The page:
What should I know about vasectomy?


Vasectomy is male sterilization and is permanent. It is an outpatient office procedure done under local anesthesia in the urologist's office. The vas deferens (transport tube for sperm) is severed. The patient goes home soon after the procedure, ice is applied to the scrotal area and analgesia is given as needed. It is not immediately effective, and multiple ejaculations are required over time to deplete the remaining sperm. A repeat semen analysis is required to confirm that there are no viable sperm, prior to unprotected sex.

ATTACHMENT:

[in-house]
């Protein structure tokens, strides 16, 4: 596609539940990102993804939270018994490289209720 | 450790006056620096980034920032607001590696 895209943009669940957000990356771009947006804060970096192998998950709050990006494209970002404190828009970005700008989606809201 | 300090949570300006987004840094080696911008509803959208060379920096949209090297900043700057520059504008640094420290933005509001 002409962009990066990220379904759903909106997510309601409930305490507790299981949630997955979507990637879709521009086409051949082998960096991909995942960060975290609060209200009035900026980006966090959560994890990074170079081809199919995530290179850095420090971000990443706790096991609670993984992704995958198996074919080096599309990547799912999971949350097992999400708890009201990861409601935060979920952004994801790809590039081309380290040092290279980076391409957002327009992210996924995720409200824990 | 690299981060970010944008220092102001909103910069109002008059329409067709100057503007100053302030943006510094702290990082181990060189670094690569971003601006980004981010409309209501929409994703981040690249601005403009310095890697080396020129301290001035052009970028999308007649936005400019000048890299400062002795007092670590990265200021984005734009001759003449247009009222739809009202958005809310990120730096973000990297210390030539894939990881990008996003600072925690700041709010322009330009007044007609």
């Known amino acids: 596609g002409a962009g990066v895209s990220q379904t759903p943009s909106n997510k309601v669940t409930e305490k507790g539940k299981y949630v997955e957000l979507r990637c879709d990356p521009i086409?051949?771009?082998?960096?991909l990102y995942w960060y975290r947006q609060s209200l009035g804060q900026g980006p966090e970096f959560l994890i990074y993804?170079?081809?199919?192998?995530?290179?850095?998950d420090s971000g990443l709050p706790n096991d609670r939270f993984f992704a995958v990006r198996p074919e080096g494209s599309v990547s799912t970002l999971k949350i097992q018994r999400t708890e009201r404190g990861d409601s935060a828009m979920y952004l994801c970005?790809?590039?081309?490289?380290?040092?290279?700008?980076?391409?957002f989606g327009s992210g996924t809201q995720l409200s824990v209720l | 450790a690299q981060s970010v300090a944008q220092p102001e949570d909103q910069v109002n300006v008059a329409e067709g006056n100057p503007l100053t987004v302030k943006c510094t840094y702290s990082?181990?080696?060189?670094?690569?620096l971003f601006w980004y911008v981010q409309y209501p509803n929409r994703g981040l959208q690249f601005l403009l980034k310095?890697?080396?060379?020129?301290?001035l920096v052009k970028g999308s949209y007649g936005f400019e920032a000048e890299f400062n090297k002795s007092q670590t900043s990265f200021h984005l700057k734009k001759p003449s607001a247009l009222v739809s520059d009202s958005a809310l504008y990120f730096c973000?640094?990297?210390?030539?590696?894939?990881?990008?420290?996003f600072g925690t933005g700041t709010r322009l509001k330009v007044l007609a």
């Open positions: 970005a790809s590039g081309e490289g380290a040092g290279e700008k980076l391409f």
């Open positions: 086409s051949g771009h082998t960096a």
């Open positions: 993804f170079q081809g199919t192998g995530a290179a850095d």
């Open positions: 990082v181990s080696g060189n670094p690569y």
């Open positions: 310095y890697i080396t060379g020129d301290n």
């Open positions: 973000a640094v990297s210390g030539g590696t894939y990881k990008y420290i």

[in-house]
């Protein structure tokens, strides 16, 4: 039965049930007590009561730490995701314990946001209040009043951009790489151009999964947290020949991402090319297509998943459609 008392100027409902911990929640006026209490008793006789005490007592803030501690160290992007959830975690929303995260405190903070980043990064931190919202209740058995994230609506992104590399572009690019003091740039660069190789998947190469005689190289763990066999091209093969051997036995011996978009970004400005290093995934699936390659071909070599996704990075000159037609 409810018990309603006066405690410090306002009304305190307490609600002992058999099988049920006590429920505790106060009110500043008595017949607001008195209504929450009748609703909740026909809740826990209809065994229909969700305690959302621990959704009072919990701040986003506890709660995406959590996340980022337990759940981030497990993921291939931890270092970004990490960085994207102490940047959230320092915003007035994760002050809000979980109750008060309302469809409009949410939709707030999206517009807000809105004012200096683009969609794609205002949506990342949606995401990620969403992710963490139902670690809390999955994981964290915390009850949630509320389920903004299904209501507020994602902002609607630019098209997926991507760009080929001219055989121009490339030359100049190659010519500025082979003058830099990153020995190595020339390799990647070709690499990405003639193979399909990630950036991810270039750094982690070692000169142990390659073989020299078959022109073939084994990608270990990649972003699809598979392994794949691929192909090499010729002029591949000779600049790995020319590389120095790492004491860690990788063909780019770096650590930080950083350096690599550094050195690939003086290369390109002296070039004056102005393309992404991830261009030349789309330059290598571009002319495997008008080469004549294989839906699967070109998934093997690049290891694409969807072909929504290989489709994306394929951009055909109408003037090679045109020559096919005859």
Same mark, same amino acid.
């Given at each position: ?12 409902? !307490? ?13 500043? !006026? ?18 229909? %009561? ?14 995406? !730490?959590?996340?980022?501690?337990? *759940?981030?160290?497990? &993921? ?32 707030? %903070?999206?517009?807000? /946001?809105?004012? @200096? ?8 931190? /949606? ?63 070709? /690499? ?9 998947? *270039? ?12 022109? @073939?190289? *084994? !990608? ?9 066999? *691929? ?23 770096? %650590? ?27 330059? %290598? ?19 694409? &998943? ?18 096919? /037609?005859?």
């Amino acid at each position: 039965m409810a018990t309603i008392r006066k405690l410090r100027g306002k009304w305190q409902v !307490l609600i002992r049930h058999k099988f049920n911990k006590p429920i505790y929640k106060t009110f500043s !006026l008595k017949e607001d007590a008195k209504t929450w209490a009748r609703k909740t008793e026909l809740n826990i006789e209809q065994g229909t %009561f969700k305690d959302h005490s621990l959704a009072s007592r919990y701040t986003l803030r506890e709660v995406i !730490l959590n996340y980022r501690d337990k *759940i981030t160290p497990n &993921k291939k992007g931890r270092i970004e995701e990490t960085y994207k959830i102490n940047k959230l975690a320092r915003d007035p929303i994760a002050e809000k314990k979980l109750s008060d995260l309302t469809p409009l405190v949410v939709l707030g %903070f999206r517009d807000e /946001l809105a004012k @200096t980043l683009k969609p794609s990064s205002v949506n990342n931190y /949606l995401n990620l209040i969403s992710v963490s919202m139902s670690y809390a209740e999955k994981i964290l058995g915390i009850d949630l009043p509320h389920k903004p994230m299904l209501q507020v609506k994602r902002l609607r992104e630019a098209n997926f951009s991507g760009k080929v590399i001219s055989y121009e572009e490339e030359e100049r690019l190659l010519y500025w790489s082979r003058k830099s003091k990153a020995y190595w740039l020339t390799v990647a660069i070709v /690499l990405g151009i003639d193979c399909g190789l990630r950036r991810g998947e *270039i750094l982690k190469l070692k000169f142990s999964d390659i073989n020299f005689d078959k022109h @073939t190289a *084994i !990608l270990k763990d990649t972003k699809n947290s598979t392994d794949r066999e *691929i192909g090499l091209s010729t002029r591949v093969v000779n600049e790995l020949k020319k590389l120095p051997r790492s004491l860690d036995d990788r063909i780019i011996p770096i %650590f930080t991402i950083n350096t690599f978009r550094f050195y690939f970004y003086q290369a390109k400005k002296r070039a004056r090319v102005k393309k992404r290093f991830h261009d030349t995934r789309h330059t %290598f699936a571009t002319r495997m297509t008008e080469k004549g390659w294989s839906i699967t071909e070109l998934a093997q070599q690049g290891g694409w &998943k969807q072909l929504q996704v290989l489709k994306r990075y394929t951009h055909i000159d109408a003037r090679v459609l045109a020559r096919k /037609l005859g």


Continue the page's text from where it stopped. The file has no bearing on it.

Vasectomy is over 99% effective, but even with that said, 3/1000 can get pregnant.

All surgical procedures carry some risk, and vasectomy is no different. Common complications include hematoma (blood collection) in the scrotum, bleeding, infection and sperm granulomas (sperm leaks into the surrounding tissue causing inflammation, pain and swelling)


Wendy Fried, M.D., FACOG, FACS, is an OB/Gyn with Northern Obstetrics and Gynecology, PC in North Hills, New York

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